misunderstanding of how to encode enums
new-object System.IO.FileStream "c:\wut.txt", [System.IO.FileMode]::Open
New-Object : Cannot convert argument "1", with value: "[System.IO.FileMode]::Open", for ".ctor" to type "System.IO.FileMode": "Cannot convert value "[System.IO.FileMode]::Open" to type "System.IO.FileMode" due to invalid enumeration values. Specify one of the following enumeration values and try again. The possible enumeration values are "CreateNew, Create, Open, OpenOrCreate, Truncate, Append"."
At line:1 char:11
+ new-object <<<< System.IO.FileStream "c:\wut.txt", [System.IO.FileMode]::Open
This works — why no error on the bad enum (
$sr = new-object System.IO.StreamReader $fs, [Sytem.Text.Encoding]::UTF32
parentheses are required:
$sr = new-object System.IO.StreamReader $fs, ([System.Text.Encoding]::Default)
- can we have an
- How can I let the second argument be a script block or int, easily, in Execute-Every? Ideally, the first int/string is the delay between executions/piped outputs, the second int (if any) is the number of iterations, and the first script block (if any) is the lambda. How do I do this? In effect, I want positional arguments that can also be specifically named.
For tracking them until I build myself a little website monitor...
Have you thought of making a PowerShell suggestions wiki and hire an intern to admin it? It strikes me that you could make the suggestions come to you, but perhaps you have tried this? I'd even be willing to give it a shot on my kind-of-wiki
. Or maybe I should just put out enough PS info to become an MVP, then become known as the guy who organizes suggetions, etc. Hmmm...
Grep is such a powerful and oft-used tool that I should think excellent support in v1 would be at the top of people's list. I guess the focus was just on management more than processing text, but please note that processing text will be VERY IMPORTANT until everything is PS. Until then, please give us a nice transition story. I'll echo
. Most of the features of grep are useful and I don't think supporting them would cost much in terms of benefit.
As an aside, is there discussion somewhere of the poor performance when, say, tailing the last million lines of a file and piping it to grep? I've resorted to
cmd /c "tail ... | grep ..."
, but that's kludgy, due to nesting of escapes and all that fun. I tried a hack with lambdas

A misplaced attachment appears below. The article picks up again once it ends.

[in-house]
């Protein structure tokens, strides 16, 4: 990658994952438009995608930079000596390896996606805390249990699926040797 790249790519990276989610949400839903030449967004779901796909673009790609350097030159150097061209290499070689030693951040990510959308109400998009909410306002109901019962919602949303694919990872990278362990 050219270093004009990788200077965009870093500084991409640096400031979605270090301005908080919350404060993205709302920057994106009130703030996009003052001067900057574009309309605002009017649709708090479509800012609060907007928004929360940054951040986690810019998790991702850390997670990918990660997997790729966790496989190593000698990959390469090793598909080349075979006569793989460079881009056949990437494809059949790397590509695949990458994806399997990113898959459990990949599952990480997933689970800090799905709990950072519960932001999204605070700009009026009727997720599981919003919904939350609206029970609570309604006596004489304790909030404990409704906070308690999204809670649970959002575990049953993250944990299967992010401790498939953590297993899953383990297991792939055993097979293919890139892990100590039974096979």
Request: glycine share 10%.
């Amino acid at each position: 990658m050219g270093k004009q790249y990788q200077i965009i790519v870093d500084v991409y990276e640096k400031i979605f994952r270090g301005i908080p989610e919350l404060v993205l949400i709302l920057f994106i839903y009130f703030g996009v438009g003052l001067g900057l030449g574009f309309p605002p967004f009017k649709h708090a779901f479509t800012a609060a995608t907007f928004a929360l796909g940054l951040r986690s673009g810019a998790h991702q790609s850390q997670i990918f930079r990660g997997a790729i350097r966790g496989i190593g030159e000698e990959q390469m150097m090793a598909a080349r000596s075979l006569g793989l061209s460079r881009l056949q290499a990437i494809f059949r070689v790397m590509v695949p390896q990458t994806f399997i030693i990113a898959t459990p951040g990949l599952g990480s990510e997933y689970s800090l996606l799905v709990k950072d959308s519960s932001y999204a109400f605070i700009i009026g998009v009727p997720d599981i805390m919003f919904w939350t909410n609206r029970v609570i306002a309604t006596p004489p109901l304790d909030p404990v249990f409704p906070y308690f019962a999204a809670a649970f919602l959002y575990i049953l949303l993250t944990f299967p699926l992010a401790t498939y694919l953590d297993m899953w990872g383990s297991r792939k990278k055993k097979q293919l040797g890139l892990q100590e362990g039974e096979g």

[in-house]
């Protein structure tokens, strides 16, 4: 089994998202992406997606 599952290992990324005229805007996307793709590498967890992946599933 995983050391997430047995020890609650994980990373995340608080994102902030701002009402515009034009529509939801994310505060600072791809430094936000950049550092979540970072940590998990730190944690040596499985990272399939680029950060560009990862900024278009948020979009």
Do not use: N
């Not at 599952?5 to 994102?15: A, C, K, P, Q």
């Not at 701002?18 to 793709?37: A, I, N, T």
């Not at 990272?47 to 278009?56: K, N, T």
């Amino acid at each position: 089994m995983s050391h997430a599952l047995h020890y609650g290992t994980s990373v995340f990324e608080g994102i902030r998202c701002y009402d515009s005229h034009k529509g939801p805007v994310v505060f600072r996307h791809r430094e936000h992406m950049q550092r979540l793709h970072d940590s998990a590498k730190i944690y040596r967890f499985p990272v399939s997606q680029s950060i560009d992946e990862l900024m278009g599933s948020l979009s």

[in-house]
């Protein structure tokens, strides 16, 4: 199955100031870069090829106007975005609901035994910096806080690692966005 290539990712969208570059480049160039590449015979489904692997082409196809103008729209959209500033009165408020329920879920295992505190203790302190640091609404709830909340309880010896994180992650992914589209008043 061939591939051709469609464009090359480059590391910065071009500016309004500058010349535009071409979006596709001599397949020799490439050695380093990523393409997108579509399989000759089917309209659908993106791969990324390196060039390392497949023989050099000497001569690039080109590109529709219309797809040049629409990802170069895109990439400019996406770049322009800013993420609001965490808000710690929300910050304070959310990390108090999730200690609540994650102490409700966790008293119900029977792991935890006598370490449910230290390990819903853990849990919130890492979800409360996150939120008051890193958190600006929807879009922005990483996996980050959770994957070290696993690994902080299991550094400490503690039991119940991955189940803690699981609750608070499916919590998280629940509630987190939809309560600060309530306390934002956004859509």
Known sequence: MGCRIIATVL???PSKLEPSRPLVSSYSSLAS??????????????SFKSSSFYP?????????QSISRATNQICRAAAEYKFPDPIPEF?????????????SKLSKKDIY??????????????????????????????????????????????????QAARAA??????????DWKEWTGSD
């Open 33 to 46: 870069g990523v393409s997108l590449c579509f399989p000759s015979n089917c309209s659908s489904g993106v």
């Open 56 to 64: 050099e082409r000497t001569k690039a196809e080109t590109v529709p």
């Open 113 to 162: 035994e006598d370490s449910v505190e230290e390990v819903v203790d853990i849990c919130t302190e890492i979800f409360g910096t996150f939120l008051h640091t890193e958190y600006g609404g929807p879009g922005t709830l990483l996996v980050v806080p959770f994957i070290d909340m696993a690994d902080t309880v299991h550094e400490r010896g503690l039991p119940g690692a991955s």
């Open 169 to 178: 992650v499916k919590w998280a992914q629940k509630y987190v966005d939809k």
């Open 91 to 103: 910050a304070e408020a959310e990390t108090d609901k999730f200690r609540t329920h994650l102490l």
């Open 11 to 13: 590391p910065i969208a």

, but it has two problems: it doesn't do string interpolation and some unknown problem I have yet to fully characterize. Do you guys have any story for this?
[Not in the comment: here are some performance numbers
I will have to say, it was disappointing that you released such a great v1 with a host window that is no better than cmd.exe:
- width is not resizable except via annoying dialog
- copying an invocation that goes onto multiple lines is tedious, because you can only block-copy
- no clipboard cmdlets (the PS community extensions have them, but this is kind of core functionality, I would think)
- no Unicode support in the shell window
I get that PS can be hosted in different places, but I still think it would have behooved you to include a host at least slightly better than the cmd.exe shell. Could you provide some enlightenment here? Would it really have required that much developer time to do this? (Compared to the impact upon the community.)
I know you have the ISE for v2 and I hope it kicks ass so that I and others can forget the host for v1.
@luke - I hear you.
I think you'll like the V2 ISE (you should get it soon). That said, I think that 3rd parties are going to be the best providers of hosts for the forseeable future. If you haven't checked them out you should - they are wonderful!
It would be nice if Get-Help were to specifically list enum values. Or is there a way to reflect upon a cmdlet and find the types of its parameters, and then use the static method on System.Enum to pull the values? I would rather not have to inject strings into Get-Help contents, but you PowerShell folks haven't seem to have thought of this (or if you have, it is not clear to the public).